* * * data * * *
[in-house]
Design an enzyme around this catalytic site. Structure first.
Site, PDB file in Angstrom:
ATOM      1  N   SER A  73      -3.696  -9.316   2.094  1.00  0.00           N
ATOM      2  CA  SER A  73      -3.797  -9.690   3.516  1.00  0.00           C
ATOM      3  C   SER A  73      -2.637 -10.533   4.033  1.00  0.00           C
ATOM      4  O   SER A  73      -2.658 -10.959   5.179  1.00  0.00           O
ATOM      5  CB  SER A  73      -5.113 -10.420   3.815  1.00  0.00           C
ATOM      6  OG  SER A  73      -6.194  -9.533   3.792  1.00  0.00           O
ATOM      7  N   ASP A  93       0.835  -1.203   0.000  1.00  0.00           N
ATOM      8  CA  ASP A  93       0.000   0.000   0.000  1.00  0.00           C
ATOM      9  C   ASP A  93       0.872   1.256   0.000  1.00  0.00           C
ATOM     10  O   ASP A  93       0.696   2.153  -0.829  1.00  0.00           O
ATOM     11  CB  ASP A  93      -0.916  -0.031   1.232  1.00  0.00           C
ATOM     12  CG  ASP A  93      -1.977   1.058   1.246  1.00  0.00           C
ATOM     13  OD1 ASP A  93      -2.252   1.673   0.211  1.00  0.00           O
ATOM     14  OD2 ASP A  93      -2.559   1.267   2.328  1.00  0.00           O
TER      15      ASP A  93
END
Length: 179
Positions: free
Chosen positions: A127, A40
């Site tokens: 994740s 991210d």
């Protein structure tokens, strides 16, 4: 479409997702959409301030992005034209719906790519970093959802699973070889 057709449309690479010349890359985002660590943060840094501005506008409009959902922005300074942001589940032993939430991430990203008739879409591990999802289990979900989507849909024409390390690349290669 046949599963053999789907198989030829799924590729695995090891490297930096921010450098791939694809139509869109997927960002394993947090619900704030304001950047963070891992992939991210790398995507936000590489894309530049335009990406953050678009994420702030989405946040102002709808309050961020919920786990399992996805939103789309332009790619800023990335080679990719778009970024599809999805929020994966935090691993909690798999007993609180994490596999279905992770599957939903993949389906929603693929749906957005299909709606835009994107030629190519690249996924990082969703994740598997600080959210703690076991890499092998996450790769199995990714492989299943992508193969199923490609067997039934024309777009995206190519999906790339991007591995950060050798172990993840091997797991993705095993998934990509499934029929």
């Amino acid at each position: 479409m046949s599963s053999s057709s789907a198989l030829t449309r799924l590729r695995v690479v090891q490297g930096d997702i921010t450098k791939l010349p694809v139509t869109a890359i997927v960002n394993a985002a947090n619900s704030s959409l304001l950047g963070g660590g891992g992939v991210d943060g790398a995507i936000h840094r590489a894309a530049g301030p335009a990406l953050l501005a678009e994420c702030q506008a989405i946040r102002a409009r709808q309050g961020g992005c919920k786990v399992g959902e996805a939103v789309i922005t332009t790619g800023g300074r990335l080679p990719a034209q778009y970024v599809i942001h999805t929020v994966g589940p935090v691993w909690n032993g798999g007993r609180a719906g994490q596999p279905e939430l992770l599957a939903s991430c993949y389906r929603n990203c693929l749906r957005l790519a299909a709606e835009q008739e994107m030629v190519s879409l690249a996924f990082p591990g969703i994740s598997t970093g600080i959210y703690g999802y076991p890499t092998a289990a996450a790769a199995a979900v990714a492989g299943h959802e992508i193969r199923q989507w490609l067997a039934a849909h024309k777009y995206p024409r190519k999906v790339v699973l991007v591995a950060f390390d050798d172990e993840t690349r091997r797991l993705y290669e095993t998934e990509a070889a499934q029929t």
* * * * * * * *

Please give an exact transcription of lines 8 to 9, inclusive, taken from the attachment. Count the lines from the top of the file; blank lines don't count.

ATOM      5  CB  SER A  73      -5.113 -10.420   3.815  1.00  0.00           C
ATOM      6  OG  SER A  73      -6.194  -9.533   3.792  1.00  0.00           O